We used to be awfully smug when I was working for network television. After all, if an advertiser wanted immediate national reach there were no other options. If they didn’t want to go through the hassle of buying dozens or maybe tens of dozens of individual markets in spot television, then they had to come to one of the big networks. Over time, cable TV cut into that dominance but adding a few broad reach cable networks into the mix didn’t hurt us too badly. Until it did.
Today, the audiences for network TV are big but they certainly have been bigger. More importantly, there are many others with comparable audiences and advertisers have a lot of choices. More often than not, when the channel of choice is digital, the medium of choice is Facebook. They bill themselves as a content platform but that’s not really true. They’re a publisher. They curate content from others and control the content that appears, just the way the TV networks used to do before they started creating many of the shows themselves. Slowly, they’re learning that they are responsible for the content that appears on their platform since they’re picking and choosing. Publishers (think the Times or Journal) are responsible when their publications (platforms?) are used to spread lies or infringe on copyright. There is one area, however, in which they claim no responsibility at all.
This is from an Ad Age article:
When Facebook’s Campbell Brown addressed an auditorium full of magazine executives in New York Tuesday, she did not mince words: The social network is not here to save their businesses…It was a sobering and frank message for an industry looking for answers. Facebook has endured criticism from media companies for encouraging them to invest resources into its distribution platform. Facebook has persuaded publishers to push into live video, fast-loading Instant Articles, longer Watch videos and other offerings, for example, but none have reaped significant returns.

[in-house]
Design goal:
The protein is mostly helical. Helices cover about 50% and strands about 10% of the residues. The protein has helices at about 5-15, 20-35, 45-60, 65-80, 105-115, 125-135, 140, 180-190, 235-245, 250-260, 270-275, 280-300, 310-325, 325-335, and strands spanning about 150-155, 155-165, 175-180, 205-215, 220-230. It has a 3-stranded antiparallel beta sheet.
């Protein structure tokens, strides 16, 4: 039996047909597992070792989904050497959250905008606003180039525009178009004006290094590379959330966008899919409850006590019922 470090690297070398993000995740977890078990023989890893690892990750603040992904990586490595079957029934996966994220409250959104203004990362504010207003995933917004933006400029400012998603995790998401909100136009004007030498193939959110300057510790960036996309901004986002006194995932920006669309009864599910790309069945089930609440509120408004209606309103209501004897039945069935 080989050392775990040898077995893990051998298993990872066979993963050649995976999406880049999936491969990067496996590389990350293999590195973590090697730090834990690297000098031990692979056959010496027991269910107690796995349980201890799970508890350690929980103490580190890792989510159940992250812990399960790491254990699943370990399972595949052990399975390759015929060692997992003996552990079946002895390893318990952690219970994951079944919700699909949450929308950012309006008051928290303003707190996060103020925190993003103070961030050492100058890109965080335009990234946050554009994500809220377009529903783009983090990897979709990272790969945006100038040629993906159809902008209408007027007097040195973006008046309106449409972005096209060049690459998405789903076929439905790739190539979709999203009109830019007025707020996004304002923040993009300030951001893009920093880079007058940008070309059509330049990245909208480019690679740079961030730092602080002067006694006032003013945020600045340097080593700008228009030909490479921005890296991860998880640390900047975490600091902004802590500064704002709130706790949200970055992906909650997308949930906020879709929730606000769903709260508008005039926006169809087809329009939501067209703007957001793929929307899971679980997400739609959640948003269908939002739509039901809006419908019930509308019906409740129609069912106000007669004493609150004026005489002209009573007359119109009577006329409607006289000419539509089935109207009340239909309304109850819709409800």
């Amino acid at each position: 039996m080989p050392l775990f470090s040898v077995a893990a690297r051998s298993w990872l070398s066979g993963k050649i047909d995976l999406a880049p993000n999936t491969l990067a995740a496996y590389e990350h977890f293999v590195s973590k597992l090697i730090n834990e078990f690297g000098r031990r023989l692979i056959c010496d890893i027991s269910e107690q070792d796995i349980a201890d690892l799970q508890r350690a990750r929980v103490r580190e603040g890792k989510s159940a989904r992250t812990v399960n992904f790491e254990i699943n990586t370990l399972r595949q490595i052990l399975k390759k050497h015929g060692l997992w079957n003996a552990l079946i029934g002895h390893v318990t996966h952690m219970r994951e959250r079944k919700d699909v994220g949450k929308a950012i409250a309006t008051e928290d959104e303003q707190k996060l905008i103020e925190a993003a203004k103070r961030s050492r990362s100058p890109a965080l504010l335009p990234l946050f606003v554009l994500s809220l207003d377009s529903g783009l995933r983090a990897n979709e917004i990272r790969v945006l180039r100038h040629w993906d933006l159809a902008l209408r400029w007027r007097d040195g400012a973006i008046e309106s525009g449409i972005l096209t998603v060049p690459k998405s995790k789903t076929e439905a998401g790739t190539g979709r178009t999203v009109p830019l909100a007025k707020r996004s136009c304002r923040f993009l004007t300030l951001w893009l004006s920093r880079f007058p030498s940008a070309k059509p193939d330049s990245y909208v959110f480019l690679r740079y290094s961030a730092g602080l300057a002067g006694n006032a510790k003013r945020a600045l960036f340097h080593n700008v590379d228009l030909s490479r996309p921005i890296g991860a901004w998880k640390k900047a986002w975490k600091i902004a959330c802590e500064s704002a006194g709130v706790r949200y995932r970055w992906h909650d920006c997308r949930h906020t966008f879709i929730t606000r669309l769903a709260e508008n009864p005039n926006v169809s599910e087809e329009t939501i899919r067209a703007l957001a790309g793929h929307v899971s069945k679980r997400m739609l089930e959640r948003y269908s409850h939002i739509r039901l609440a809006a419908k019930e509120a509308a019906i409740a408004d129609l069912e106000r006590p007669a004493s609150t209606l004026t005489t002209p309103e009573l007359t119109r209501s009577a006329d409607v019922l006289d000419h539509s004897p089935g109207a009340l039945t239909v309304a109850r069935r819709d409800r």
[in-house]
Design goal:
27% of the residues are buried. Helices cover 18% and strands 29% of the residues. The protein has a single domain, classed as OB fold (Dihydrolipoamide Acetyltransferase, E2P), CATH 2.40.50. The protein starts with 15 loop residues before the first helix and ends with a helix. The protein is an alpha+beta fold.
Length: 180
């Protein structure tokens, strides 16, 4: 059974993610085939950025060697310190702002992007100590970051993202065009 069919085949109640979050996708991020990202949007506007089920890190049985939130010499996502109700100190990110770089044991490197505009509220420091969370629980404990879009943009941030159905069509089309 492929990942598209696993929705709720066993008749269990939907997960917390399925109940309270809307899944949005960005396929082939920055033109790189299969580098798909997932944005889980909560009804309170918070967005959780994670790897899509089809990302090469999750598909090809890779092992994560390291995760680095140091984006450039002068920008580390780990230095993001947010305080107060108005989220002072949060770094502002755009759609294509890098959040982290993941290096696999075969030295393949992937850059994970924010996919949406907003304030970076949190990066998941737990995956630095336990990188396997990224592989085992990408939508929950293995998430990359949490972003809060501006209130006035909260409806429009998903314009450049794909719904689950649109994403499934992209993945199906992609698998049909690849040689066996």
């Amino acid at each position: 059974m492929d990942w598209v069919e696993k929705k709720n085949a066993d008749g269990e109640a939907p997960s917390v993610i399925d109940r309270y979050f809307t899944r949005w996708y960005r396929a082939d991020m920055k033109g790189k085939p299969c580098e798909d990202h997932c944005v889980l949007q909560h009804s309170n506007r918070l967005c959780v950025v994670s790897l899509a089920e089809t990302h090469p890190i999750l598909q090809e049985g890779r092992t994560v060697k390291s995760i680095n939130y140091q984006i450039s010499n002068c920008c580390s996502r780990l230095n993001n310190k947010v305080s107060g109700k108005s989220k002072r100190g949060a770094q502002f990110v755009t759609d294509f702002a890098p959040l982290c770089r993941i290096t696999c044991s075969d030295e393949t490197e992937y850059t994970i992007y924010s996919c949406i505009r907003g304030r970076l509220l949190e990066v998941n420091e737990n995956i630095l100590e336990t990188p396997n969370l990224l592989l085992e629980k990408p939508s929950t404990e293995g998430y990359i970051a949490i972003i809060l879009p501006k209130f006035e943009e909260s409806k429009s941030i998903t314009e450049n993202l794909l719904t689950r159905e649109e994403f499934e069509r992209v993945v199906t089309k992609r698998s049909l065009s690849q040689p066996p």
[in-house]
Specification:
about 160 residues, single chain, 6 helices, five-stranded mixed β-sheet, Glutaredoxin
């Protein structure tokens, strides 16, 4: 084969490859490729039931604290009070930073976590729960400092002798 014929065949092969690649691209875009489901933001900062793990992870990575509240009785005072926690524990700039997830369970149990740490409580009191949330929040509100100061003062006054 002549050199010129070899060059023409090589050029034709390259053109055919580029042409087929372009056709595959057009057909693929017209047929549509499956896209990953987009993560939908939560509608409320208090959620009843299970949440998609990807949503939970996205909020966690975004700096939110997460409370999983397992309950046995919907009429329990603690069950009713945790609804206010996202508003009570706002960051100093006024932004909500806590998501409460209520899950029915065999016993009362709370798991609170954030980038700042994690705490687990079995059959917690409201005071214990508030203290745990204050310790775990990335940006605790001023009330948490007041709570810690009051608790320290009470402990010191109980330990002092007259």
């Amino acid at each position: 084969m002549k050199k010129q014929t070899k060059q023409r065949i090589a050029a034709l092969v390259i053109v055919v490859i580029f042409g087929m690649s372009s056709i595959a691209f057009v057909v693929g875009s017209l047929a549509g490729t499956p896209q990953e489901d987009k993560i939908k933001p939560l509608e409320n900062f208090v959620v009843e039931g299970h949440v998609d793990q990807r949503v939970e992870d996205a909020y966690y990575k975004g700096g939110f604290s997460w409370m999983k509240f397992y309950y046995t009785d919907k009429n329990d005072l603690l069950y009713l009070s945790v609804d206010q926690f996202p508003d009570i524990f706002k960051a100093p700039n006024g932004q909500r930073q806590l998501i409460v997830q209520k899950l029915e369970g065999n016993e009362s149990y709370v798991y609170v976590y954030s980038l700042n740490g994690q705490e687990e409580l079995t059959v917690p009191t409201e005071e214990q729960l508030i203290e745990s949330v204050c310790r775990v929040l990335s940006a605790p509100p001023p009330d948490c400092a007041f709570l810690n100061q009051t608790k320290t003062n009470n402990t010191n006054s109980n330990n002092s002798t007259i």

In other words, while we encouraged you to invest in our platform and grow our engagement with audiences using your content, you’re on your own when it comes to reaping the rewards. In fact, it’s worse than that since Facebook now demands that publishers pay for any significant visibility. Facebook is in a position analogous to where we were at the TV networks 30 years ago. We didn’t realize at the time how tenuous our grasp on our audiences was nor did we do a good job of working in a balanced partnership with our advertisers. Facebook manages to piss off the marketing community almost as often as they do privacy advocates. As one analyst note said, “Facebook is at risk of being massively unfriended by its 7 million advertisers.”
Personally, I’m wondering why they have as many as they do, given their attitude to their audiences, to content providers, and to marketers. Yes, I get the numbers but I also know that there are many other choices in marketing today. Maybe the digital platforms of the TV networks? Remember them?